2 Corinthians 11:7-15 // Ministers & Money

With the COVID-19 stay-at-home orders, you may watch or listen to multiple sermons on Sunday. This can be a good thing, but you have to be careful. The more preachers you pay attention to, the more careful you have to be to make sure they aren’t leading you astray. That doesn’t mean be paranoid or suspicious – just realize that false ministers have been an issue throughout the history of the church.

The big idea from 2 Corinthians 11:7-15 is don’t be led astray. All of Christian ministry is about sincere and pure devotion to Christ. We must not be led astray by ministers who drift away from this. Specifically, don’t be led astray by those who only minister for money.

Money Issues with the Corinthians

In verses 7-10, we see that the apostle Paul refrained from accepting money from the Corinthians. He didn’t accept any financial support from them.

Paul refused to accept any financial support from the Corinthian church. He writes in verse 7:

Or did I commit a sin in humbling myself so that you might be exalted, because I preached God’s gospel to you free of charge?

The Corinthians loved the “super-apostles” who were wealthy and impressive. But Paul refused their support and instead did manual labor. Why was this such a problem? Well first of all, it embarrassed and likely disrespected the givers. Secondly, it lowered Paul’s social status.  

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Because of this, Paul seemed like an illegitimate minister. But he goes on in verse 8:   

I robbed other churches by accepting support from them in order to serve you. And when I was with you and was in need, I did not burden anyone, for the brothers who came from Macedonia supplied my need. So I refrained and will refrain from burdening you in any way. As the truth of Christ is in me, this boasting of mine will not be silenced in the regions of Achaia.

So Paul accepted money from the Macedonians – just not the Corinthians. This made the Corinthians think he didn’t love them, which wasn’t at all the case. As Paul explains:

And why? Because I do not love you? God knows I do!

Why Did Paul Refuse Support from the Corinthians?

What was the reason for Paul not accepting financial support from the Corinthian Christians? He wanted to undermine the false apostles.

And what I am doing I will continue to do, in order to undermine the claim of those who would like to claim that in their boasted mission they work on the same terms as we do.

Paul wanted to separate himself from these “false apostles, deceitful workmen, disguising themselves as apostles of Christ” (v. 13). He figured the best way to do this was by refusing financial support.

It wasn’t that these ministers had good intentions or were doing the best they could. They were serving Satan, not Christ. As Paul points out, they disguised themselves:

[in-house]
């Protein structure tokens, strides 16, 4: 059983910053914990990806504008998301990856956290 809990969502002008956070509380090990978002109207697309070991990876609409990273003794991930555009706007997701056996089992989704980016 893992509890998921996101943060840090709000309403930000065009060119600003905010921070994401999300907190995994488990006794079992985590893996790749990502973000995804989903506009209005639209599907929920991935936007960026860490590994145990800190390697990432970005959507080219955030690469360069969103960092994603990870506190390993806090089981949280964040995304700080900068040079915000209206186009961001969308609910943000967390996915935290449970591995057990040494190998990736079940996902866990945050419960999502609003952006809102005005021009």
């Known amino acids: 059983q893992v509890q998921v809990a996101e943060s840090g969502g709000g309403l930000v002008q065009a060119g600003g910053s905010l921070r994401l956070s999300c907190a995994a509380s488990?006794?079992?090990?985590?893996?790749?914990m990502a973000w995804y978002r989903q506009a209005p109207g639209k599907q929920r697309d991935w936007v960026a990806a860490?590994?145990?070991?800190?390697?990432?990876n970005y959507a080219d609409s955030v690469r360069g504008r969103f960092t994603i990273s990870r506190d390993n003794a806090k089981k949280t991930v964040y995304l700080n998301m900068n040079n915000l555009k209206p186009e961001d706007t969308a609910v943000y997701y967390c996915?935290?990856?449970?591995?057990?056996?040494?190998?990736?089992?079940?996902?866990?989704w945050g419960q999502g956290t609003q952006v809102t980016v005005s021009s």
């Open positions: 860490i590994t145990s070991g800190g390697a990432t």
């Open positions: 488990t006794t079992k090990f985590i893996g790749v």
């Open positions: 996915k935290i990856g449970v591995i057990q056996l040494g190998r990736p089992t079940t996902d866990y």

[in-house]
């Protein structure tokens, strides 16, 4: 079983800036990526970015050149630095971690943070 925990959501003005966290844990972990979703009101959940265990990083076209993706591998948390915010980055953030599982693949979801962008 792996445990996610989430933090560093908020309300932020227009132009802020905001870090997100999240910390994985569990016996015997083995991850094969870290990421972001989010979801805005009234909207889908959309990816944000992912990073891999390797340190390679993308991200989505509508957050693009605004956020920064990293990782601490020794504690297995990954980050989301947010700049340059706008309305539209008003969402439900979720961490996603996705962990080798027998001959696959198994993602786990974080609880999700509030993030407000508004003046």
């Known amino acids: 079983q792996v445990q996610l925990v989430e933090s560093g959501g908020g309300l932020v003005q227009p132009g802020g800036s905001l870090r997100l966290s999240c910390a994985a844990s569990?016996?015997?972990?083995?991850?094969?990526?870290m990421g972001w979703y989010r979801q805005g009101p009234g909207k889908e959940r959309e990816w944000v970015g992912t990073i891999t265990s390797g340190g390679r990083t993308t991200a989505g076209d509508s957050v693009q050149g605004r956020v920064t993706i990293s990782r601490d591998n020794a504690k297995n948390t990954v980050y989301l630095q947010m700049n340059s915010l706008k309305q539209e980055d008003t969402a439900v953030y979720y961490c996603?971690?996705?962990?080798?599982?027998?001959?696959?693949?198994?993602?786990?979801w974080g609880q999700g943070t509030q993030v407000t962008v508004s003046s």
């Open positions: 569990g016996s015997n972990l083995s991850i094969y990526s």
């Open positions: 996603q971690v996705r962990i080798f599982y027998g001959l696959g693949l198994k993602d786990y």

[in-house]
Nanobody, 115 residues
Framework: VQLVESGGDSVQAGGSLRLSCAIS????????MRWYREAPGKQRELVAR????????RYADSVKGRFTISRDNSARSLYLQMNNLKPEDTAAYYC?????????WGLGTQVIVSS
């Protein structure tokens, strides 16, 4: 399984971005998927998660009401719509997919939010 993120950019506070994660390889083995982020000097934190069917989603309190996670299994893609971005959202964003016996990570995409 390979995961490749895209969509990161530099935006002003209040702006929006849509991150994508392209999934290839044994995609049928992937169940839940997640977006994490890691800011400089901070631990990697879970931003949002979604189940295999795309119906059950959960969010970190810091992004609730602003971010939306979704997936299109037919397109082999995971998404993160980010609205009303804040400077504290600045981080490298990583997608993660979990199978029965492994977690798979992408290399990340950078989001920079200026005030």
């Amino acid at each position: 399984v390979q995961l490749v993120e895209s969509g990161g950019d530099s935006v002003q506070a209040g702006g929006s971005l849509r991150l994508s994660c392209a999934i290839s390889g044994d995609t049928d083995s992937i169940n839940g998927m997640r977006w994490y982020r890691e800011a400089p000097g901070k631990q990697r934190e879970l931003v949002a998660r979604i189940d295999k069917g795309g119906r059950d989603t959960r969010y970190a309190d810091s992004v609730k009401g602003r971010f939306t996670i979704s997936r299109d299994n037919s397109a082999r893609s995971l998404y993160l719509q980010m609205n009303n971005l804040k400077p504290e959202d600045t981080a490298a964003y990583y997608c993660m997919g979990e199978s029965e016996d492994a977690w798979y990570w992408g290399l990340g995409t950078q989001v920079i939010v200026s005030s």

And no wonder, for even Satan disguises himself as an angel of light. So it is no surprise if his servants, also, disguise themselves as servants of righteousness. Their end will correspond to their deeds.

What Does This Mean for Us?

You can see how this would have applied to the Christians in Corinth back then. But how does it apply to us as Christians nowadays?

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There are three main takeaways for us:

1. There are times when ministers should refuse compensation

Sometimes when we pursue true, Christian ministry, we should refrain from being paid. It’s not wrong to be paid for ministry (see 1 Corinthians 9:13-14), but pastors and other ministers should consider being bivocational. If receiving money for ministry creates a stumbling block, it’s probably time to find other means of financial support.

2. False ministers can often be identified by their pursuit of money

Many pastors and ministers have built empires around money instead of Christ. And many Christian leaders have been exposed for fraud and embezzlement. It’s a real issue.

Who are the most influential ministers in your life? Do you suspect they might be in it just for the money? If so, approach them or the church leadership about it or move away from them. We need to be discerning about who we follow.

3. We need to check ourselves related to money

1 Timothy 6:8-10 says that “if we have food and clothing, with these we will be content … But those who desire to be rich fall into temptation … For the love of money is a root of all kinds of evils.”

The question for us is, “Could I be content with just the essentials? Or do I desire to be rich?” Are you content with just food and clothing, or do you want to have lots of wealth? You will never be satisfied if all you want is more stuff.

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If we fall into the trap of desiring to be rich, it can lead us away from the faith. The aim of all true ministry is to cultivate a sincere and pure devotion to Christ. That’s what true ministers want. And that’s what we must pursue.   

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